People had capacity to make decisions and were consulted about their care. Staff sought people’s consent before providing care and supported people when they needed help with their decision making. People’s care was planned to meet their needs and they were involved in reviewing their care. Each person was supported by a small team of staff who knew them well. People had developed good relationships with staff who recognised where care needed to be reviewed to reflect changes with people’s support.

Staff received training to improve their knowledge of care and enhance their skills. Staff knew how to keep people safe and understood their responsibilities to protect people from the risk of abuse. There were recruitment procedures in place to ensure staff were suitable to work within a caring environment.

People received kind and compassionate care and staff supported them to maintain their dignity, independence and privacy. Staff gained information about what was important to people so that they could provide care which met their preferences.

People were provided with information about raising concerns or complaints and were happy to speak with staff about any worries. People were given opportunities to share their views and felt staff listened to them. Staff felt supported by the registered manager who was committed to improving care services.

We found a breach of the Health and Social Care Act 2008 (Regulated Activities) Regulations 2014. You can see what action we told the provider to take at the back of the full version of the report.

Inspection carried out on 1 November 2016

During an inspection looking at part of the service

We carried out an announced comprehensive inspection of this service on 3 February 2016. After the inspection we received concerns in relation to how staff were recruited to ensure they were suitable to work with people. As a result we undertook a focused inspection to look into those concerns. This report only covers our findings in relation to this topic. You can read the report from our last comprehensive inspection, by selecting the 'all reports' link for Hills Angels Homecare on our website at www.cqc.org.uk.

Hills Angel Homecare provides domiciliary care for people who live in their own home in Tamworth and Lichfield and the surrounding areas. At the time of our inspection, nine people were receiving personal care support from the provider.

The provider was also the registered manager in the service. A registered manager is a person who has registered with the Care Quality Commission to manage the service. Like registered providers, they are ‘registered persons’. Registered persons have legal responsibility for meeting the requirements in the Health and Social Care Act 2008 and associated Regulations about how the service is run.

The provider had not completed all the necessary recruitment checks to confirm new staff were of good character to work with people before they started to work. The necessary checks were only completed when staff began work, and the registered manager had not assessed any risk to people, although they initially worked in a supervised role.

People felt safe when being supported by staff who knew how to protect people if they suspected they were at risk of abuse or harm and how to report concerns. People had a copy of their support plan in their home and were happy with how their care was delivered. A copy of this plan was not easily accessible in the office where staff needed to gain further information or to record any review of care.

People were positive about the way staff treated them and said staff were kind and compassionate. People told us staff knew them well and were encouraged to be independent. People’s privacy and dignity was upheld in their homes and they were supported to take their medicines to keep well.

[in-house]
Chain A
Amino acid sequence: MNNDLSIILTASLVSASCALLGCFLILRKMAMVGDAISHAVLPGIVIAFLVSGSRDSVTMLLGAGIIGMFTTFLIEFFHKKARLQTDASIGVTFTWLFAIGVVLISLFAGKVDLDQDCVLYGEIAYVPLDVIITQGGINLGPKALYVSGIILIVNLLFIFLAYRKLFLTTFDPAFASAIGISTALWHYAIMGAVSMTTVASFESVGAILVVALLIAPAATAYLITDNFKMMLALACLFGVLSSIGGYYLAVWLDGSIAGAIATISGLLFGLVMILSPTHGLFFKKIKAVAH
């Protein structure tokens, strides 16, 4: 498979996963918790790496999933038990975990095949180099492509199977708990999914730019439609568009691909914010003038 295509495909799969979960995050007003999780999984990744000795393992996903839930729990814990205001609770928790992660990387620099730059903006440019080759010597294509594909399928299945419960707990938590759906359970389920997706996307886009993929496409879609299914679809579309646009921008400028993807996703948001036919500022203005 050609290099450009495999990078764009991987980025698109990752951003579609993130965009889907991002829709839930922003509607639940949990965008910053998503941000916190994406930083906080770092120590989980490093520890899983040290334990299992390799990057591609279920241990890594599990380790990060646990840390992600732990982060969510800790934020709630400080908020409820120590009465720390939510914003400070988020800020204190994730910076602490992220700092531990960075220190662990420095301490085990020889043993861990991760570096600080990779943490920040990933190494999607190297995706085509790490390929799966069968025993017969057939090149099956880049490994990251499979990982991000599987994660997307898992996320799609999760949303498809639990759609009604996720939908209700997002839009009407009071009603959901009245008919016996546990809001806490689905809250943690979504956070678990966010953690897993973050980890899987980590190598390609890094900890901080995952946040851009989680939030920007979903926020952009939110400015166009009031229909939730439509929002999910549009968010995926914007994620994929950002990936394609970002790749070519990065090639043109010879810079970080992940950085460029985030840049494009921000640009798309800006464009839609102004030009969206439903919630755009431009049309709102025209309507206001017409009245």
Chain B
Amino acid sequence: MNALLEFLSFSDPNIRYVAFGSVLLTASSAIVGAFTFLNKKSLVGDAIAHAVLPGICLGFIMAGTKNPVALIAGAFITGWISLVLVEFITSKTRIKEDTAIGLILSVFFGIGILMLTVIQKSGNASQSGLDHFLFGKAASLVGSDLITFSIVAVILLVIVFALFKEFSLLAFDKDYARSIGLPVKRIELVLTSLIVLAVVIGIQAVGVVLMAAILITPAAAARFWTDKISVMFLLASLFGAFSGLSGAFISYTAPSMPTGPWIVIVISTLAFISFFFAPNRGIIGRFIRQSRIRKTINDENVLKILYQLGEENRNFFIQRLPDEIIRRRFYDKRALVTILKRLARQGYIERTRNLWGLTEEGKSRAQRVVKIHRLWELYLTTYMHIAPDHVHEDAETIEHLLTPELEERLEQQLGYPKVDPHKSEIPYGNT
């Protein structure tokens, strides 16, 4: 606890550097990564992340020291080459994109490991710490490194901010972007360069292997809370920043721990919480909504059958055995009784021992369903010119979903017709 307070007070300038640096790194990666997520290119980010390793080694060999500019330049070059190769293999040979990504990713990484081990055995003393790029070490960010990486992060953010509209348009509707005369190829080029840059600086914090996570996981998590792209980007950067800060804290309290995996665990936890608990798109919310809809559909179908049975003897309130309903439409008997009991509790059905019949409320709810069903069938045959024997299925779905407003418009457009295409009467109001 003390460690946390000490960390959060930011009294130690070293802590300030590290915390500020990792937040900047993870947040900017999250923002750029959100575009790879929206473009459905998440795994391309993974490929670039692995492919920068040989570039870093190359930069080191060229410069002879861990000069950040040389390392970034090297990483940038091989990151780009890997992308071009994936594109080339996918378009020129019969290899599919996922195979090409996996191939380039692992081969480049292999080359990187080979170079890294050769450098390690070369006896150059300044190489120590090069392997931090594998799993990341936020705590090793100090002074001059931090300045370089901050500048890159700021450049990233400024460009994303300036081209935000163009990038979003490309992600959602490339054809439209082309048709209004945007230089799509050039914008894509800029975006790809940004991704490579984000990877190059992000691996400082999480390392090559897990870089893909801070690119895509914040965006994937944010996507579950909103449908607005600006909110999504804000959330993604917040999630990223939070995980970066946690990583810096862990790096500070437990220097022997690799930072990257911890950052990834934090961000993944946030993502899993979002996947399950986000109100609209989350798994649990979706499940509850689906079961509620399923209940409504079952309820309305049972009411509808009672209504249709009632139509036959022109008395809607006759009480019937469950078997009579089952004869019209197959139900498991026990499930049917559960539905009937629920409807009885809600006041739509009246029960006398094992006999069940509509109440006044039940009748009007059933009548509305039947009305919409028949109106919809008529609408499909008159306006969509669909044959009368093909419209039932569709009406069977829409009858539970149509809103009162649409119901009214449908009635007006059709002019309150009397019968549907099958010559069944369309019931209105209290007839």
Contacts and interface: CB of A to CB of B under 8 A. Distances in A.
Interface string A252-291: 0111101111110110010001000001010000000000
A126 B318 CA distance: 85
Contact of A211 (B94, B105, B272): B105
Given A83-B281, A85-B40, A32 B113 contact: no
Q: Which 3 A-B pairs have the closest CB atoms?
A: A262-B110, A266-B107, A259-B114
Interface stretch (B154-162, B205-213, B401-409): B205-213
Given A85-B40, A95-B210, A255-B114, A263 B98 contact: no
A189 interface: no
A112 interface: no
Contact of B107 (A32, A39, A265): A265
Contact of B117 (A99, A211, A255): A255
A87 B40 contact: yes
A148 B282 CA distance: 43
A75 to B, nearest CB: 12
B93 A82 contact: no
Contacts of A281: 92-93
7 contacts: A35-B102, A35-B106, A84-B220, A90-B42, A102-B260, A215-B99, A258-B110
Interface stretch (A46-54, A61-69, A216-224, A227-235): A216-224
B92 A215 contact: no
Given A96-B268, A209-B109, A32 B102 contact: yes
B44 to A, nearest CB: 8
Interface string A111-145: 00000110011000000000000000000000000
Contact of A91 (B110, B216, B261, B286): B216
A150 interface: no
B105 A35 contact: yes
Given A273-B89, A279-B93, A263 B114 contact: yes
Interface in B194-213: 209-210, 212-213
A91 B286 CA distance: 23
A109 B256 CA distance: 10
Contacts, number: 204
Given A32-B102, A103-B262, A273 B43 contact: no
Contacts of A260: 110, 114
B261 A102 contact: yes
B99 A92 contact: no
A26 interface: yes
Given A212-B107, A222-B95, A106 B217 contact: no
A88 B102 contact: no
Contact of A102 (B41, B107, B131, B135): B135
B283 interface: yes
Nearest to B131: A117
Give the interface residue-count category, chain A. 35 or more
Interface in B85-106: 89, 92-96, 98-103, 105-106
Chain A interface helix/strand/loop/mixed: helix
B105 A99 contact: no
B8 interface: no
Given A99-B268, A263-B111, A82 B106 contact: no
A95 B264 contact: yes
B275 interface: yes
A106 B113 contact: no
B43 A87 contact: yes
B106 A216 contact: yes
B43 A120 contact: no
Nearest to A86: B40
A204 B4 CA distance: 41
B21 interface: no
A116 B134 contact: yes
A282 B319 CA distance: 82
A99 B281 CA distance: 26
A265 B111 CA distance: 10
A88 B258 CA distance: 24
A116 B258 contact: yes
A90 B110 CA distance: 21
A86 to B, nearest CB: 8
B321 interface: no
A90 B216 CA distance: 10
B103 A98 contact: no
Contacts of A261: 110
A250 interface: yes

We found a breach of the Health and Social Care Act 2008 (Regulated Activities) Regulations 2014. You can see what action we told the provider to take at the back of the full version of the report.

Inspection carried out on 3 February 2016

During a routine inspection

We inspected this service on 3 February 2016. This was an announced inspection and we notified the provider two days before our inspection in order to arrange to meet with people who used the service. This was the first inspection of this service.

Hills Angels Care provides domiciliary care for people who live in their own home in Tamworth. At the time of our inspection, thirteen people were receiving personal care support from the provider.

There was a registered manager in the service. A registered manager is a person who has registered with the Care Quality Commission to manage the service. Like registered providers, they are ‘registered persons’. Registered persons have legal responsibility for meeting the requirements in the Health and Social Care Act 2008 and associated Regulations about how the service is run.

The provider had systems in place to assess and monitor the quality of care. Quality audits within the registered office had not been carried out to ensure the premises was safe. Staff carried out regular checks of key aspects of the service to monitor and assess standards. They took appropriate action to make changes and improvements when this was needed.

People told us they felt safe when being supported by staff and that staff knew how to protect people if they suspected they were at risk of abuse or harm. Staff understood how to recognise potential harm and protect people from abuse and knew how to report concerns. Recruitment checks were made to confirm staff were of good character to work with people and sufficient staff were available to meet people's support needs.

Risks to people had been identified and staff understood how to support people to reduce risk and protect them from potential harm and without restricting their rights. People had support plans which reflected their specific needs and preferences for how they wished to be cared for. People were supported in such a way as to retain as much control and independence over their lives as they wanted. There was a small team of staff who had the skills to meet people’s needs. The support was flexible and responsive to changes.

People had capacity to make decisions about their own care and their consent was sought before staff provided any care and support. People received their care at a time they wanted it and were happy with how the staff supported and helped them to take their medicine as prescribed.

People were positive about the way staff treated them and said staff were kind and compassionate.

People felt comfortable raising any issues or concerns and there were arrangements in place to deal with people's complaints.